Also, I don't see how the size of the RC helicopter is a risk factor to people, what happens when a full size helicopter crashes (there have been lots) then you have a serious risk of loss of life on the ground. No matter how big an RC helicopter gets, it will always do less damage in a crash situation than a full-size helicopter.

 

R,

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I gather part of the debate is over if you can use amateur rules for commercial work. The FAA is currently investing this matter and given how litigious it is in the US you do need to ensure you've got insurance cover, plus an experienced operator. Flying around buildings and other objects with air turbulence can easily throw small machines into an uncontrollable siltation. As Phil mentioned you need to work safely with these UAVs and an Epic attached to a model helicopter crashing from say 50 ft won't do much good for someone standing underneath.

 

http://photographyforrealestate.net/2012/01/24/warning-faa-says-us-airspace-is-closed-to-all-commercial/

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The problem isn't so much fall damage, in my view - it's being lunched by the spinning rotors.

 

Also, I don't see how the size of the RC helicopter is a risk factor to people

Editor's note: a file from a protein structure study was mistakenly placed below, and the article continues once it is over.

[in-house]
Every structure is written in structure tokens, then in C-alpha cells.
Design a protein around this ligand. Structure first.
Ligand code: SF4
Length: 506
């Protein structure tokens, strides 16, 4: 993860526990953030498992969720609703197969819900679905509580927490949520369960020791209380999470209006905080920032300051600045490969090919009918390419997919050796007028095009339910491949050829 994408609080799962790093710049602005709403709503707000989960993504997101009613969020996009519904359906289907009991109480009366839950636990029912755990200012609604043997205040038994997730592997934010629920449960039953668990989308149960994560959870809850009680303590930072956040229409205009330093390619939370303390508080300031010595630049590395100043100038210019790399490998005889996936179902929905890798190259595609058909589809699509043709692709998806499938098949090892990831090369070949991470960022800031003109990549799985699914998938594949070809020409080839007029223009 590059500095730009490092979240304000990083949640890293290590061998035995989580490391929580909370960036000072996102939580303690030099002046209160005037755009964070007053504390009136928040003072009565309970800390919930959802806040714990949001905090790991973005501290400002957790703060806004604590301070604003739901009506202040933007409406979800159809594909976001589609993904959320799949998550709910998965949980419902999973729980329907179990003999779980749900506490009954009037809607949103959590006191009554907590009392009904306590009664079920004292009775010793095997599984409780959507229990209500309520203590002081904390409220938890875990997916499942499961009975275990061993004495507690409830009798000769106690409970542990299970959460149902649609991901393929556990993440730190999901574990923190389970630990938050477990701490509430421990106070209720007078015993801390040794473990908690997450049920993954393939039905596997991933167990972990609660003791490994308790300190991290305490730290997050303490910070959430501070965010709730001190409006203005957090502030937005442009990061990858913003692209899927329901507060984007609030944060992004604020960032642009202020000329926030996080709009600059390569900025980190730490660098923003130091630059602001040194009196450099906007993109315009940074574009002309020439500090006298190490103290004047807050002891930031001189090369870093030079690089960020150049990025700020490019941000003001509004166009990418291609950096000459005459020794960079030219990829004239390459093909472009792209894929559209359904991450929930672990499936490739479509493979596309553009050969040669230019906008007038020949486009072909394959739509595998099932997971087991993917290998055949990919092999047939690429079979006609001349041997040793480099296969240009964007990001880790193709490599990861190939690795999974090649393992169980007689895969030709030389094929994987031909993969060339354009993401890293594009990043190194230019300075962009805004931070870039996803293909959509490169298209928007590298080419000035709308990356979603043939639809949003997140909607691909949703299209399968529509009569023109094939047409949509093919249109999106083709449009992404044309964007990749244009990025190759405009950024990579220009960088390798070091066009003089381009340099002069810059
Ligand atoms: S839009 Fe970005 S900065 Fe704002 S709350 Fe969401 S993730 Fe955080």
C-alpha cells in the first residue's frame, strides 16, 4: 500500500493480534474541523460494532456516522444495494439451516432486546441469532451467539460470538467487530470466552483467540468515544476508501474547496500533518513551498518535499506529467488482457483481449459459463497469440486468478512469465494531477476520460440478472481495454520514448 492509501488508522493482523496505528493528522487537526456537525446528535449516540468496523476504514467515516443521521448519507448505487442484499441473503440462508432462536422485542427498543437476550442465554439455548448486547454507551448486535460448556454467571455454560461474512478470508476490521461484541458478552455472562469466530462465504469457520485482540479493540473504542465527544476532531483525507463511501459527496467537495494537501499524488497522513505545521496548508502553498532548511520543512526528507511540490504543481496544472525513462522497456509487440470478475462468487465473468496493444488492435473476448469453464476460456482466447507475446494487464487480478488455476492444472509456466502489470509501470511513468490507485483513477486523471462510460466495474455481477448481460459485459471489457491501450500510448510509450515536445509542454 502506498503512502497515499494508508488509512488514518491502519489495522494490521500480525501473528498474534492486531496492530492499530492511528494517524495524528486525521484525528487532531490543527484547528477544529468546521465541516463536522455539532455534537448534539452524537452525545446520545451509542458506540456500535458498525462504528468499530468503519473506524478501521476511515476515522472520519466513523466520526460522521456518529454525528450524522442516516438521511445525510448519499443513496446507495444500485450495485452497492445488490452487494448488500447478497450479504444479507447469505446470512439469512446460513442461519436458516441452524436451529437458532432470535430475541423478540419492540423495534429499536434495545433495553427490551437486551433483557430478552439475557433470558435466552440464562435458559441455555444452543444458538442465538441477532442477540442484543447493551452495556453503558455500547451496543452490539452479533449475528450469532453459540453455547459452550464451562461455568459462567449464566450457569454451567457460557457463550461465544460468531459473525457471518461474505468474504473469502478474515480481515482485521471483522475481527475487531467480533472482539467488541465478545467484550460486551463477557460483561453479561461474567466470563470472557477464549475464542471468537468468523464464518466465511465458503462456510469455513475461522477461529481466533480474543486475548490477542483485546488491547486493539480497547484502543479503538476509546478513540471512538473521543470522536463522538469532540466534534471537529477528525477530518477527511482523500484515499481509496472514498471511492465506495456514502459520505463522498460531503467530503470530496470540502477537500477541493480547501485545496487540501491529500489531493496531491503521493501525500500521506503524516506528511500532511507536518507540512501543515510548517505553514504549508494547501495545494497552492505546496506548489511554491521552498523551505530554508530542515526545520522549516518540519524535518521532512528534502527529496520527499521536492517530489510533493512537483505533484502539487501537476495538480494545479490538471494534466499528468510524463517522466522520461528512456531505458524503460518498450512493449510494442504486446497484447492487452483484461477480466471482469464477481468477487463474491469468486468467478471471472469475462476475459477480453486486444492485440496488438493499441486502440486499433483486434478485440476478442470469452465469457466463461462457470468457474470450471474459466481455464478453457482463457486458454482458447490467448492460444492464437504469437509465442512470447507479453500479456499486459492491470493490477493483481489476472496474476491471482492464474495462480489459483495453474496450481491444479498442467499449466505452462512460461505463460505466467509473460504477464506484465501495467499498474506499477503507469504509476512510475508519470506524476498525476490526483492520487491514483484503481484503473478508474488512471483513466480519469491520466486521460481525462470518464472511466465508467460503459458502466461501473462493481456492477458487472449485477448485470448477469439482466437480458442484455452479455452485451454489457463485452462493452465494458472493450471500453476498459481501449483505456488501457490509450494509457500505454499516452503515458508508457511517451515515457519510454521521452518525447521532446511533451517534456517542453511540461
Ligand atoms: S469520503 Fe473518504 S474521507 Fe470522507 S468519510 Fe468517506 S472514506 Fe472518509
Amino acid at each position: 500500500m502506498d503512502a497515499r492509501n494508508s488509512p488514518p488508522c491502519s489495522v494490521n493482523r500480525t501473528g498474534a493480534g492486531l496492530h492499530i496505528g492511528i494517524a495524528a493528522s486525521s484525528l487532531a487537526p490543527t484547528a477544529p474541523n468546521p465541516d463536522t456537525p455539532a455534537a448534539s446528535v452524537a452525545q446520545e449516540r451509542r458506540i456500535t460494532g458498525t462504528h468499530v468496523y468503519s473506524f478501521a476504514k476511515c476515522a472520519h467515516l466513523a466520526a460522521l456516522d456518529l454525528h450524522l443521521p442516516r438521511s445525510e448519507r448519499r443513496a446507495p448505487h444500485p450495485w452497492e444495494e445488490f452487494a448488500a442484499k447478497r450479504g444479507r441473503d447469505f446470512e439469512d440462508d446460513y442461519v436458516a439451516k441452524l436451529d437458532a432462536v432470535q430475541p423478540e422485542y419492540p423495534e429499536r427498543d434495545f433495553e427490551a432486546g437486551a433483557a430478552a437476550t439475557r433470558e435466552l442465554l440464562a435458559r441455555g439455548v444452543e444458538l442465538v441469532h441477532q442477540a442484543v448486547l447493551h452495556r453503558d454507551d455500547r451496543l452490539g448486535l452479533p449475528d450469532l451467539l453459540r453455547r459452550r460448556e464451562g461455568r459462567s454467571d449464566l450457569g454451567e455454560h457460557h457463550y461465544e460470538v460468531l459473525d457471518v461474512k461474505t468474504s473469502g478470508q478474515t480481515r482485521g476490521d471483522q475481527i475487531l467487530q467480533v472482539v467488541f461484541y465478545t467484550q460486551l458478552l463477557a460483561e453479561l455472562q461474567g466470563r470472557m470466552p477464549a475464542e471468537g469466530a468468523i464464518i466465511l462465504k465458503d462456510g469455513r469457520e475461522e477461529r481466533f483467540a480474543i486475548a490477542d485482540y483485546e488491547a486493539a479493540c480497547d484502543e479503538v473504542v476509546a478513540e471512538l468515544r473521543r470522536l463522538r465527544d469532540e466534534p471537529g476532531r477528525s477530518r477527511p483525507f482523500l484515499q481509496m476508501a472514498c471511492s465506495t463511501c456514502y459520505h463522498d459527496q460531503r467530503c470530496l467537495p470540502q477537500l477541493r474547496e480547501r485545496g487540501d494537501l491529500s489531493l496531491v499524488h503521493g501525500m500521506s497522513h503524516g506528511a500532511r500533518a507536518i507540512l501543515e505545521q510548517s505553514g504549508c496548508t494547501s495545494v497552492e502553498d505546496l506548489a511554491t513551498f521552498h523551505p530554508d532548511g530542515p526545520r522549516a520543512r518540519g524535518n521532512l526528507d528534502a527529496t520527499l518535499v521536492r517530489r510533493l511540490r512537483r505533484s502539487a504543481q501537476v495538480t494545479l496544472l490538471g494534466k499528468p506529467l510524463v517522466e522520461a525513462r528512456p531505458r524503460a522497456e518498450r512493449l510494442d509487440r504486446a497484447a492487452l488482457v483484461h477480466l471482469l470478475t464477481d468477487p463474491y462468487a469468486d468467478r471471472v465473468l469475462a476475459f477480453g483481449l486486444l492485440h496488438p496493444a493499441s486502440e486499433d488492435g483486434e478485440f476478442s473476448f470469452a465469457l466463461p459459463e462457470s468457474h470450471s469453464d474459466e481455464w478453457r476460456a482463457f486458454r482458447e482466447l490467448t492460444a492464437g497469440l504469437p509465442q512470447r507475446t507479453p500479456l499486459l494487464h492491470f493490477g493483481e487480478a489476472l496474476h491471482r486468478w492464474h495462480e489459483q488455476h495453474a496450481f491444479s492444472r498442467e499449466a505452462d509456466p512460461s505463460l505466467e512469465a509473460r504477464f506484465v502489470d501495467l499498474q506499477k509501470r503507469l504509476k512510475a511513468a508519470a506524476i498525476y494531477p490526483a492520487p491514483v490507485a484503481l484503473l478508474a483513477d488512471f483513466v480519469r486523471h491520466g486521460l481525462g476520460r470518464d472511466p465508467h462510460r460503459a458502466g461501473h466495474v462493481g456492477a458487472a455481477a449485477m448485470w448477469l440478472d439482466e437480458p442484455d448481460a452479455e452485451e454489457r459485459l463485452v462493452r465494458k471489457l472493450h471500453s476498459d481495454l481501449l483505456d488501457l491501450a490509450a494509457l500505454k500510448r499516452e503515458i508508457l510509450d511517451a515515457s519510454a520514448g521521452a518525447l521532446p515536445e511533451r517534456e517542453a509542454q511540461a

As a friend of mine - who flies them - once told me, the small ones will send you to the ER, the large ones will send you to the morgue. Any remotely-controlled flying machine powerful enough to lift an epic is powerful enough to make a very, very nasty mess of a human being, up to and including taking limbs or lives with only a small amount of ill luck. Even a small one could take an eye or a finger (and yes, that goes for things you can buy cheaply over the counter).

 

As I say, I don't have a problem with it and I believe it can be done safely and insurably, but if we're going to start flying these sorts of devices around buildings and people then it's not unreasonable to consider the risks. I certainly don't think that the red tape generated should be as bad as that required to operate, say, a car, which certainly has a higher damage potential. Let's not allow this to turn into the sort of paperwork nightmare created by flying full-sized aircraft; that just ends up being effectively prohibitory.

 

P

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Well I agree it won't be wise to fly these over crowded concerts or sporting events for example, just too big of a risk of course.

 

My point was more if you fly a drone in the same area that you fly a full sized chopper, and they both go down, the full sized chopper does a whole lot more damage when it hits the ground. Also the financial loss of a drone is a fraction of a full sized chopper.

 

Either way, I must have one....then I can fly it around Phil's house and see what he does all day :)

 

R,

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Anyone know specifics of what companies insure for drones and how much it costs? Does the insurance package carried by the production cover UAV suppliers and operators (1st AC) who are employed by the production company?